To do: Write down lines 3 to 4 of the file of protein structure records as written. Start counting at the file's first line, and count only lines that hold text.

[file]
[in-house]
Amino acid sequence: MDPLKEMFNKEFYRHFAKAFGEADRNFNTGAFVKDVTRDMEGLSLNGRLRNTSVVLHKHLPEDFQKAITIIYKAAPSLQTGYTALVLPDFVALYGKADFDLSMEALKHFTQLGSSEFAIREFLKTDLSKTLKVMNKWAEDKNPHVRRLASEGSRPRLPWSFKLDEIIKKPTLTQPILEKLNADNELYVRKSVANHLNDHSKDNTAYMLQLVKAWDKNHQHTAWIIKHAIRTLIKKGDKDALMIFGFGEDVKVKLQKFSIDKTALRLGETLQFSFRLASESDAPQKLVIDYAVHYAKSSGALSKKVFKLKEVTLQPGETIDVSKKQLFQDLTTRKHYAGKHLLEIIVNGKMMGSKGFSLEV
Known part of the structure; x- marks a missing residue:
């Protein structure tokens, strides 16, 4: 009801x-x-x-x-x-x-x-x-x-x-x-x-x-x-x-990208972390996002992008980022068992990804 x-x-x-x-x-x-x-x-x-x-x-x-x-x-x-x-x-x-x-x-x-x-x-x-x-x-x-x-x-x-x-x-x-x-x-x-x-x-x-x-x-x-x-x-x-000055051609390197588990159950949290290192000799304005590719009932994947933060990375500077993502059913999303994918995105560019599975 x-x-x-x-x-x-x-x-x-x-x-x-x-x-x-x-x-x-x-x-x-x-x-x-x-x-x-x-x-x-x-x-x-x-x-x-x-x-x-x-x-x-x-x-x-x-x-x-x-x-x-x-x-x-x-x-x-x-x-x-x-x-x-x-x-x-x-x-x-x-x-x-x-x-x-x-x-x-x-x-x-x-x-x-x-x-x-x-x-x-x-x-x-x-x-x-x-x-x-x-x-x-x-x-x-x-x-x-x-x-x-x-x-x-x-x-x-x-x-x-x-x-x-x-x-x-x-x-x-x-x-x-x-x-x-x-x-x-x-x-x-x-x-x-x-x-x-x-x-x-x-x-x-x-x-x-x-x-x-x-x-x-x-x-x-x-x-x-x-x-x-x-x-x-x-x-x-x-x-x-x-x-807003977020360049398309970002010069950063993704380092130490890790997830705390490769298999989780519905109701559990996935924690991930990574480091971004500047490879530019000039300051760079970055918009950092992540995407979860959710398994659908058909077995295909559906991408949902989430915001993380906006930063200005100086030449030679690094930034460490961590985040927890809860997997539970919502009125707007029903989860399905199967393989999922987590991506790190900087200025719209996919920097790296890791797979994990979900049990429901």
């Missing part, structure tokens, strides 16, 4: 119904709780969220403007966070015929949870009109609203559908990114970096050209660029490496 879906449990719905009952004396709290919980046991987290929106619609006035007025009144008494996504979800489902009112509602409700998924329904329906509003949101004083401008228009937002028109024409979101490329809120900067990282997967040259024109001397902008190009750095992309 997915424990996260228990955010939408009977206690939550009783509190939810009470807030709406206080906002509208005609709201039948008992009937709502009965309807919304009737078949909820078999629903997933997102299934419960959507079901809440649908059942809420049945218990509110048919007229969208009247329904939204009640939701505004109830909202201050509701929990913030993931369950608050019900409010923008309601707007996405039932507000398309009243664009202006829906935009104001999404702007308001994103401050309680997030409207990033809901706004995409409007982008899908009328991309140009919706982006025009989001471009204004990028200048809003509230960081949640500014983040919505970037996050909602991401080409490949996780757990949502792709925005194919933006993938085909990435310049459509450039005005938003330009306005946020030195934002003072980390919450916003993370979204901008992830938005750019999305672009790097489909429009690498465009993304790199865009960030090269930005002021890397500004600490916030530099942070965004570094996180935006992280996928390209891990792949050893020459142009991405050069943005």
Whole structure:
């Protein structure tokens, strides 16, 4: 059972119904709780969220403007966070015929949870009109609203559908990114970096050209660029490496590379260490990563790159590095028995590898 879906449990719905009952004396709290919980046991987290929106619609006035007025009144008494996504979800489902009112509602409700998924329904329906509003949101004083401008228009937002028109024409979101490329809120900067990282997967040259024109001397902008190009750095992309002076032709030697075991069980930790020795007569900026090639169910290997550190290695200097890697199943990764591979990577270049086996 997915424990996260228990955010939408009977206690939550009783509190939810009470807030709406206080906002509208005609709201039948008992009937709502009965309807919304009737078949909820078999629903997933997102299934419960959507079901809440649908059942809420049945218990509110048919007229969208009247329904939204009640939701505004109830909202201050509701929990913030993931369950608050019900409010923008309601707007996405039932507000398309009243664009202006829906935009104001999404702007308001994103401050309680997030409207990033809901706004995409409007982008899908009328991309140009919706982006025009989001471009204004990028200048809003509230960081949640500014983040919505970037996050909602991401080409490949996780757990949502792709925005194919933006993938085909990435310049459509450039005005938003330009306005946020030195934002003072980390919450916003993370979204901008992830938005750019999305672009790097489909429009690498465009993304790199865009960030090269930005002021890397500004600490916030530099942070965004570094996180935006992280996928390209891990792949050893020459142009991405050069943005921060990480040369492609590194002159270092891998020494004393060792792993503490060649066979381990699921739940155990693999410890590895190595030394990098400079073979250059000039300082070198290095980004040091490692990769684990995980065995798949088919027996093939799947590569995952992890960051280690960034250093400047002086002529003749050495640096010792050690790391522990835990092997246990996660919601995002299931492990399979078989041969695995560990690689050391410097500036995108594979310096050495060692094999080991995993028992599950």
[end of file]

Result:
Known part of the structure; x- marks a missing residue:
């Protein structure tokens, strides 16, 4: 009801x-x-x-x-x-x-x-x-x-x-x-x-x-x-x-990208972390996002992008980022068992990804 x-x-x-x-x-x-x-x-x-x-x-x-x-x-x-x-x-x-x-x-x-x-x-x-x-x-x-x-x-x-x-x-x-x-x-x-x-x-x-x-x-x-x-x-x-000055051609390197588990159950949290290192000799304005590719009932994947933060990375500077993502059913999303994918995105560019599975 x-x-x-x-x-x-x-x-x-x-x-x-x-x-x-x-x-x-x-x-x-x-x-x-x-x-x-x-x-x-x-x-x-x-x-x-x-x-x-x-x-x-x-x-x-x-x-x-x-x-x-x-x-x-x-x-x-x-x-x-x-x-x-x-x-x-x-x-x-x-x-x-x-x-x-x-x-x-x-x-x-x-x-x-x-x-x-x-x-x-x-x-x-x-x-x-x-x-x-x-x-x-x-x-x-x-x-x-x-x-x-x-x-x-x-x-x-x-x-x-x-x-x-x-x-x-x-x-x-x-x-x-x-x-x-x-x-x-x-x-x-x-x-x-x-x-x-x-x-x-x-x-x-x-x-x-x-x-x-x-x-x-x-x-x-x-x-x-x-x-x-x-x-x-x-x-x-x-x-x-x-x-807003977020360049398309970002010069950063993704380092130490890790997830705390490769298999989780519905109701559990996935924690991930990574480091971004500047490879530019000039300051760079970055918009950092992540995407979860959710398994659908058909077995295909559906991408949902989430915001993380906006930063200005100086030449030679690094930034460490961590985040927890809860997997539970919502009125707007029903989860399905199967393989999922987590991506790190900087200025719209996919920097790296890791797979994990979900049990429901």